Adventus, Salazar delay construction of Ecuador project

El Domo – Curipamba project. (Image courtesy of Adventus Mining.)

Canadian miners Salazar Resources (TSX-V: SRL) and Adventus Mining (TSX-V: ADZN) have delayed the start of construction at their $250 million Curipamba-El Domo copper-gold project in Ecuador from October to the second quarter of 2024.

The schedule revision comes as the Andean country’s constitutional court suspended in August an executive decree allowing environmental consultations for mining and other projects. President Guillermo Lasso’s move sought to speed up permitting before the end of his term this year. 

Popular referendums are a necessary step for any company hoping to obtain a mining license in Ecuador. Without them, companies will have to wait longer than expected to have all permits in place before starting construction of a mine.

Two mining projects were able to benefit from Lasso’s decree before the halt. One of them was Adventus and Salazar’s, which had reached a preliminary investment protection agreement for the asset in June.

The other project is Atico Mining’s (TSX-V: ATY) La Plata polymetallic asset, which had been previously identified by Lasso as a “strategic project” and “a component of the country’s reactivation plan”. 

While the decree halt remains in place, Adventus and Salazar said they have continued advancing permitting for their project. 

The companies said they have just secured a positive Certificate of No Affect of Water by the Ministry of Environment and Water, which is considered to be a milestone permit, as it will allow them to build El Domo–Curipamba project’s infrastructure in an area with surface and ground water resources.

The project has also received authorization from the local municipality and fire department for the use of explosive storage-related infrastructure. These approvals are pre-requisites for securing a final permit from the Joint Command of the Armed Forces of Ecuador, the partners said.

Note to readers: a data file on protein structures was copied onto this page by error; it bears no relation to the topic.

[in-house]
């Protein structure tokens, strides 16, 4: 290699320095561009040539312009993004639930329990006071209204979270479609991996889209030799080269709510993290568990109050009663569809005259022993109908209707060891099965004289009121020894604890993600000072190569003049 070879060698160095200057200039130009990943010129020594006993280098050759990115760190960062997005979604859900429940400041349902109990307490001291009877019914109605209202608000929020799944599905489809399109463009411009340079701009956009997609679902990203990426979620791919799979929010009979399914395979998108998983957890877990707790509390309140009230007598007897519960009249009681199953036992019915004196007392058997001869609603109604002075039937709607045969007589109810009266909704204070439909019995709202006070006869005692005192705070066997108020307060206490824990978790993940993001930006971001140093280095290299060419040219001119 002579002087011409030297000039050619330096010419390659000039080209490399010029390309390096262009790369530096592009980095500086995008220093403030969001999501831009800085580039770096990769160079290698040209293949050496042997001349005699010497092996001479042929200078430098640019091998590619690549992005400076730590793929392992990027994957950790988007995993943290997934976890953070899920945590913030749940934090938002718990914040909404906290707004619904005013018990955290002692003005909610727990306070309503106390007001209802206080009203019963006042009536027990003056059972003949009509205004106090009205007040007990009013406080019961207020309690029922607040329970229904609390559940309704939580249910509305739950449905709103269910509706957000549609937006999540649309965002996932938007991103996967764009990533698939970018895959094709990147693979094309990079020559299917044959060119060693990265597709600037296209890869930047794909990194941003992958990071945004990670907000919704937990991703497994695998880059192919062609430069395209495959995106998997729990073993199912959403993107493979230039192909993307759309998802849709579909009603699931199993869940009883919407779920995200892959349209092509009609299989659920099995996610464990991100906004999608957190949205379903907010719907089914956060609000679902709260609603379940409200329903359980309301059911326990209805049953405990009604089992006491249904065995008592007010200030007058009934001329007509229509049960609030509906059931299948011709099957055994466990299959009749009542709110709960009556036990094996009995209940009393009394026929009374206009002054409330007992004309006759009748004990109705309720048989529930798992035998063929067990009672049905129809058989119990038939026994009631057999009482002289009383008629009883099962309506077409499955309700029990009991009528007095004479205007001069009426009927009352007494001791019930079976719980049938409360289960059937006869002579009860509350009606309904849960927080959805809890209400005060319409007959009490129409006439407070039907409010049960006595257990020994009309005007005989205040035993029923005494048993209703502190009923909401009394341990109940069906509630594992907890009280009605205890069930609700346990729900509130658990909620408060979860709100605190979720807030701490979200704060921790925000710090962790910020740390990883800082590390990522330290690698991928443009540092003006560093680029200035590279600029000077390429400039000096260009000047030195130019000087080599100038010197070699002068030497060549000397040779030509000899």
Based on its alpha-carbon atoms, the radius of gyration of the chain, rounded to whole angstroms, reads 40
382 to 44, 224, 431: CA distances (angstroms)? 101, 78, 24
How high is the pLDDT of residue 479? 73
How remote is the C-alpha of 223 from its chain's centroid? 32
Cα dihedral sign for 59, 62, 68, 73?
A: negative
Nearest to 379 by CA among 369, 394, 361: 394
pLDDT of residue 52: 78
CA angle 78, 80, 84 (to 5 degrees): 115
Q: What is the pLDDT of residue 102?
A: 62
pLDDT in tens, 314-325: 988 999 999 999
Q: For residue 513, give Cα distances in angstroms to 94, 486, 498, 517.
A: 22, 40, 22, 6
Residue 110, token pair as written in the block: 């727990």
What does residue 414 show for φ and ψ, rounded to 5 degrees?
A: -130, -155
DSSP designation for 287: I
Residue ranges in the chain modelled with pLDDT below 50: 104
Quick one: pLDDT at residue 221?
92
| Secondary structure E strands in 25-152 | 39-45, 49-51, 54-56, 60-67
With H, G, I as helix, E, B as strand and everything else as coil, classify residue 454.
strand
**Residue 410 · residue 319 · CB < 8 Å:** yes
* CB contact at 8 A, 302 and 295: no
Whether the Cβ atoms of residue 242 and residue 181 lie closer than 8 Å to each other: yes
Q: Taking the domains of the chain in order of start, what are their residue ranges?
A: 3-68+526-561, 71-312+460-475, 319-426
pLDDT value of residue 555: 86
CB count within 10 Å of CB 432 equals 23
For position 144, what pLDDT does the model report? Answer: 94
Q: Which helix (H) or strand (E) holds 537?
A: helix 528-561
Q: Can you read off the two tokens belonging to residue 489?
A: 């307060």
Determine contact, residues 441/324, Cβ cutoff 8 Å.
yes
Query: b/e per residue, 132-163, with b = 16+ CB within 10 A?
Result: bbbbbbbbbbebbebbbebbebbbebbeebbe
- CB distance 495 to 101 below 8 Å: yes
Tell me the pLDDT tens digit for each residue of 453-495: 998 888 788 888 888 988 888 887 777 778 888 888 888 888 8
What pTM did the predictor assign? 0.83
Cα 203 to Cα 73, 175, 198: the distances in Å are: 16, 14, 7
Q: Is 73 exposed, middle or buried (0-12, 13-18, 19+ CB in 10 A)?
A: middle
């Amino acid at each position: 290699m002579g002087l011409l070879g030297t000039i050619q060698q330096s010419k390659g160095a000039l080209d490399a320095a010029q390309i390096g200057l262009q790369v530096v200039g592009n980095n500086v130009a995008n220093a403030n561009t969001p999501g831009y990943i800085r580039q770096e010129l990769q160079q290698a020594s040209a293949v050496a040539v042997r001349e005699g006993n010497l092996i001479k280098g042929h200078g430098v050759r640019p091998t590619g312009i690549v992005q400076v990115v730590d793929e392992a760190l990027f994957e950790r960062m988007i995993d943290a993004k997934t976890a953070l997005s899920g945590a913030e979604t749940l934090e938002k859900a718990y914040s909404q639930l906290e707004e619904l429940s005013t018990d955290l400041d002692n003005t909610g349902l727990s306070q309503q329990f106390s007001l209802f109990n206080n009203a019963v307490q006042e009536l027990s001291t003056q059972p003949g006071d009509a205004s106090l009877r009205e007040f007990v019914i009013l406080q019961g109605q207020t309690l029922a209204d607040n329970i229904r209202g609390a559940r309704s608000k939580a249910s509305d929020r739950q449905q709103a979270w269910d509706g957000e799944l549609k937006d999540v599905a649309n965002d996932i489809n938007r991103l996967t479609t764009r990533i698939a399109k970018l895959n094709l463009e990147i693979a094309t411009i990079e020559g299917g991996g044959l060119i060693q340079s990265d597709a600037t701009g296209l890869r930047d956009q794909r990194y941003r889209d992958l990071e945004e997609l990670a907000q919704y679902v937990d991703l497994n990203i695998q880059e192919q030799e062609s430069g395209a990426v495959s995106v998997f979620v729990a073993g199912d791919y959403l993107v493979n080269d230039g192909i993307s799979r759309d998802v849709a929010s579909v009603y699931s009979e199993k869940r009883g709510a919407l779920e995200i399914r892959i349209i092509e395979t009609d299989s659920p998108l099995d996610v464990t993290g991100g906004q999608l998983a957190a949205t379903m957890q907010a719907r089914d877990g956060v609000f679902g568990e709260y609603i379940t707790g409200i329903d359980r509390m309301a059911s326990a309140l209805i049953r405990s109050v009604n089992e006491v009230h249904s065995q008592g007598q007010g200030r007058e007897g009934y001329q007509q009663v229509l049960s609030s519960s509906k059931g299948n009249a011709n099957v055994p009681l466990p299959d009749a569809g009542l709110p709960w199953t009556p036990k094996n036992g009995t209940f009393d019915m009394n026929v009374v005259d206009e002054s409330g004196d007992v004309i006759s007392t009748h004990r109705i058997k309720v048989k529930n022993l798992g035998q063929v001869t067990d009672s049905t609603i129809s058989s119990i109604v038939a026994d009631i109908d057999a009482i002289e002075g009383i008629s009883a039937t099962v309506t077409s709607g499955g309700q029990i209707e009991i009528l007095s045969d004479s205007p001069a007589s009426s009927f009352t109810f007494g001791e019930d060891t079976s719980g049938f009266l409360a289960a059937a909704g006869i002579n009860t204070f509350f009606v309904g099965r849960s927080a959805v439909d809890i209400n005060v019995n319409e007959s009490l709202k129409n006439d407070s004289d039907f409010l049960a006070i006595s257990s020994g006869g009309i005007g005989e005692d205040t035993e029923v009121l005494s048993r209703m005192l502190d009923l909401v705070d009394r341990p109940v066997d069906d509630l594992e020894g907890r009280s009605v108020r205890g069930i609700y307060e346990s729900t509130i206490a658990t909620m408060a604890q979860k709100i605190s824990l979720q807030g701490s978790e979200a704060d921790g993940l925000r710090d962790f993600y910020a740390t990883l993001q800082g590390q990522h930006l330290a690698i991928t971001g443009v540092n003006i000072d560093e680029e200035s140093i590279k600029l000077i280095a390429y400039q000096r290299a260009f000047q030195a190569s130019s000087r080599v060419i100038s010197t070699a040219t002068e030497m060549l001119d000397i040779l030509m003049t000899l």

The final step for the tailings dam construction has been completed with a design review and favourable technical report from the Ecuadorean Ministry of Energy and Mines. 

This design is now being reviewed by Agency of Regulation and Control, Adventus, which holds a 75% stake in the project, Adventus and Salazar said in the statement.

Once built, Curipamba-El Domo will be the third operating mine considered key by Ecuador’s government. To date, the country’s only two producing assets are the Mirador copper mine, run by China-backed Ecuacorriente and Lundin Gold’s (TSX: LUG) Fruta del Norte gold mine.

$1 billion investment blocked

Mining was Ecuador’s fourth-largest source of income last year, behind sales of oil, bananas and shrimp, bringing in $2.8 billion to the state’s coffers.

According to the country’s Chamber of Mining, opposition to extractive activities is blocking nearly $1 billion in potential investment and 100 projects for the next two years.

An exception is SolGold’s (LON: SOLG) Cascabel copper-gold project, which was granted in July a 25-year license renewal.

The El Domo – Curipamba project is viewed by Adventus as the next modern mine in Ecuador, leveraging one of highest copper-gold grades and lowest capital intensities globally.

El Domo is the name of the high-grade deposit hosted within the approximately 21,500 ha Curipamba property, located 150 km northeast of the major port city of Guayaquil in central Ecuador.